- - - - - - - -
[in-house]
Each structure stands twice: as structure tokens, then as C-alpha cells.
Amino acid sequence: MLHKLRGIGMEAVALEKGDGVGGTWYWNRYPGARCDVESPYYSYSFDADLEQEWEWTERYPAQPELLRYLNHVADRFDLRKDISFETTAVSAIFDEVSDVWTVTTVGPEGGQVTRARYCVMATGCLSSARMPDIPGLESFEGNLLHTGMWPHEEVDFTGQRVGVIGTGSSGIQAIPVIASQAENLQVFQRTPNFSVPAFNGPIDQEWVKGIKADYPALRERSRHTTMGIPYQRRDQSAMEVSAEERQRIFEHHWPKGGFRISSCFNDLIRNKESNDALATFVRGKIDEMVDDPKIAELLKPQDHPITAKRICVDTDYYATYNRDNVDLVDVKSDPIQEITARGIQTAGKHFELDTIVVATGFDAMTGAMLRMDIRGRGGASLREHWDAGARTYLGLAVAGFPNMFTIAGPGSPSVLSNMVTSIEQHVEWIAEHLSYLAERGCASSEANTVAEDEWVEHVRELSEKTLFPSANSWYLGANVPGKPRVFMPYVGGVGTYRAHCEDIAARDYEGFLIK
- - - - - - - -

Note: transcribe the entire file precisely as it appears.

[in-house]
Each structure stands twice: as structure tokens, then as C-alpha cells.
Amino acid sequence: MLHKLRGIGMEAVALEKGDGVGGTWYWNRYPGARCDVESPYYSYSFDADLEQEWEWTERYPAQPELLRYLNHVADRFDLRKDISFETTAVSAIFDEVSDVWTVTTVGPEGGQVTRARYCVMATGCLSSARMPDIPGLESFEGNLLHTGMWPHEEVDFTGQRVGVIGTGSSGIQAIPVIASQAENLQVFQRTPNFSVPAFNGPIDQEWVKGIKADYPALRERSRHTTMGIPYQRRDQSAMEVSAEERQRIFEHHWPKGGFRISSCFNDLIRNKESNDALATFVRGKIDEMVDDPKIAELLKPQDHPITAKRICVDTDYYATYNRDNVDLVDVKSDPIQEITARGIQTAGKHFELDTIVVATGFDAMTGAMLRMDIRGRGGASLREHWDAGARTYLGLAVAGFPNMFTIAGPGSPSVLSNMVTSIEQHVEWIAEHLSYLAERGCASSEANTVAEDEWVEHVRELSEKTLFPSANSWYLGANVPGKPRVFMPYVGGVGTYRAHCEDIAARDYEGFLIK